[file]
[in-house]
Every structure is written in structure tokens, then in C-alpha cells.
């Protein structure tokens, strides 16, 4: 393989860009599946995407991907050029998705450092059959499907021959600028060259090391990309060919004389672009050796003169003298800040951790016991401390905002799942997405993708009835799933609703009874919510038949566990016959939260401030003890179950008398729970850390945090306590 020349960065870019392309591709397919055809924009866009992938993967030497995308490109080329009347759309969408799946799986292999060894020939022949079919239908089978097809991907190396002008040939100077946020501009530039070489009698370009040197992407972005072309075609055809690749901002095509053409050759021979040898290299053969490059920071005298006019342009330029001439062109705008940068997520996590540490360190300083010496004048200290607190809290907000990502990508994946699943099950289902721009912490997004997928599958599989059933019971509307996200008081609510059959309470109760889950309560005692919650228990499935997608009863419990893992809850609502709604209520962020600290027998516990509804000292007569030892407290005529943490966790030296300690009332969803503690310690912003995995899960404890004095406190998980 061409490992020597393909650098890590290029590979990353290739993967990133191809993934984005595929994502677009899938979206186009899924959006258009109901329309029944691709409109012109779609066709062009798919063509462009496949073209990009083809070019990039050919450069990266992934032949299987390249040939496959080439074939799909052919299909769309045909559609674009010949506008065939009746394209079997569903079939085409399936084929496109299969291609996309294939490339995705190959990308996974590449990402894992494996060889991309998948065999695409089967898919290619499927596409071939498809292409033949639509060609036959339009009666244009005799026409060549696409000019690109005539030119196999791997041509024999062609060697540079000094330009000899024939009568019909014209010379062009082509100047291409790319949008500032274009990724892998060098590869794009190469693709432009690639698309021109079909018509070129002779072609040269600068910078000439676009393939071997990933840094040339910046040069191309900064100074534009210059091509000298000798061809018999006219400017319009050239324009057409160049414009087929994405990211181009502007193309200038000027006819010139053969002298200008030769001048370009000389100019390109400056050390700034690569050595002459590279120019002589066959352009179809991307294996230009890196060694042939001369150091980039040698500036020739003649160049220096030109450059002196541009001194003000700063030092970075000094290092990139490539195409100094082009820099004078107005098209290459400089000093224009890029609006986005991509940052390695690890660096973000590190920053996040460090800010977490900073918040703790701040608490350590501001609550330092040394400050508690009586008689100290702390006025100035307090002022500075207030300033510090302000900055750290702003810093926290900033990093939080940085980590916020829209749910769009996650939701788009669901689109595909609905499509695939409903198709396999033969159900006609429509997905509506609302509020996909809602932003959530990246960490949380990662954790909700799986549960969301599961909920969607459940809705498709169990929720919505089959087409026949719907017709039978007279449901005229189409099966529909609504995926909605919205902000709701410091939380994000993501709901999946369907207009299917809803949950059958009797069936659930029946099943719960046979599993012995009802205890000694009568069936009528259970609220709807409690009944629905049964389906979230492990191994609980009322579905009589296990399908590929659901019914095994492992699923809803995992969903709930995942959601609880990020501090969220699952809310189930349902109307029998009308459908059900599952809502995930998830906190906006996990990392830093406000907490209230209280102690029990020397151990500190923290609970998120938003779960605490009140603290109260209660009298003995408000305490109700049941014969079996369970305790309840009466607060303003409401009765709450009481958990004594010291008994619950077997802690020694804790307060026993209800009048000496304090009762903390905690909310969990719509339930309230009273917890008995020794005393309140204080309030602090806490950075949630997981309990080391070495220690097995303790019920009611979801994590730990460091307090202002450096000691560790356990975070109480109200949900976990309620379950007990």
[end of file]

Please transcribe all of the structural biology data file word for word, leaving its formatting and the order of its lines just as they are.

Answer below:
[in-house]
Every structure is written in structure tokens, then in C-alpha cells.
């Protein structure tokens, strides 16, 4: 393989860009599946995407991907050029998705450092059959499907021959600028060259090391990309060919004389672009050796003169003298800040951790016991401390905002799942997405993708009835799933609703009874919510038949566990016959939260401030003890179950008398729970850390945090306590 020349960065870019392309591709397919055809924009866009992938993967030497995308490109080329009347759309969408799946799986292999060894020939022949079919239908089978097809991907190396002008040939100077946020501009530039070489009698370009040197992407972005072309075609055809690749901002095509053409050759021979040898290299053969490059920071005298006019342009330029001439062109705008940068997520996590540490360190300083010496004048200290607190809290907000990502990508994946699943099950289902721009912490997004997928599958599989059933019971509307996200008081609510059959309470109760889950309560005692919650228990499935997608009863419990893992809850609502709604209520962020600290027998516990509804000292007569030892407290005529943490966790030296300690009332969803503690310690912003995995899960404890004095406190998980 061409490992020597393909650098890590290029590979990353290739993967990133191809993934984005595929994502677009899938979206186009899924959006258009109901329309029944691709409109012109779609066709062009798919063509462009496949073209990009083809070019990039050919450069990266992934032949299987390249040939496959080439074939799909052919299909769309045909559609674009010949506008065939009746394209079997569903079939085409399936084929496109299969291609996309294939490339995705190959990308996974590449990402894992494996060889991309998948065999695409089967898919290619499927596409071939498809292409033949639509060609036959339009009666244009005799026409060549696409000019690109005539030119196999791997041509024999062609060697540079000094330009000899024939009568019909014209010379062009082509100047291409790319949008500032274009990724892998060098590869794009190469693709432009690639698309021109079909018509070129002779072609040269600068910078000439676009393939071997990933840094040339910046040069191309900064100074534009210059091509000298000798061809018999006219400017319009050239324009057409160049414009087929994405990211181009502007193309200038000027006819010139053969002298200008030769001048370009000389100019390109400056050390700034690569050595002459590279120019002589066959352009179809991307294996230009890196060694042939001369150091980039040698500036020739003649160049220096030109450059002196541009001194003000700063030092970075000094290092990139490539195409100094082009820099004078107005098209290459400089000093224009890029609006986005991509940052390695690890660096973000590190920053996040460090800010977490900073918040703790701040608490350590501001609550330092040394400050508690009586008689100290702390006025100035307090002022500075207030300033510090302000900055750290702003810093926290900033990093939080940085980590916020829209749910769009996650939701788009669901689109595909609905499509695939409903198709396999033969159900006609429509997905509506609302509020996909809602932003959530990246960490949380990662954790909700799986549960969301599961909920969607459940809705498709169990929720919505089959087409026949719907017709039978007279449901005229189409099966529909609504995926909605919205902000709701410091939380994000993501709901999946369907207009299917809803949950059958009797069936659930029946099943719960046979599993012995009802205890000694009568069936009528259970609220709807409690009944629905049964389906979230492990191994609980009322579905009589296990399908590929659901019914095994492992699923809803995992969903709930995942959601609880990020501090969220699952809310189930349902109307029998009308459908059900599952809502995930998830906190906006996990990392830093406000907490209230209280102690029990020397151990500190923290609970998120938003779960605490009140603290109260209660009298003995408000305490109700049941014969079996369970305790309840009466607060303003409401009765709450009481958990004594010291008994619950077997802690020694804790307060026993209800009048000496304090009762903390905690909310969990719509339930309230009273917890008995020794005393309140204080309030602090806490950075949630997981309990080391070495220690097995303790019920009611979801994590730990460091307090202002450096000691560790356990975070109480109200949900976990309620379950007990």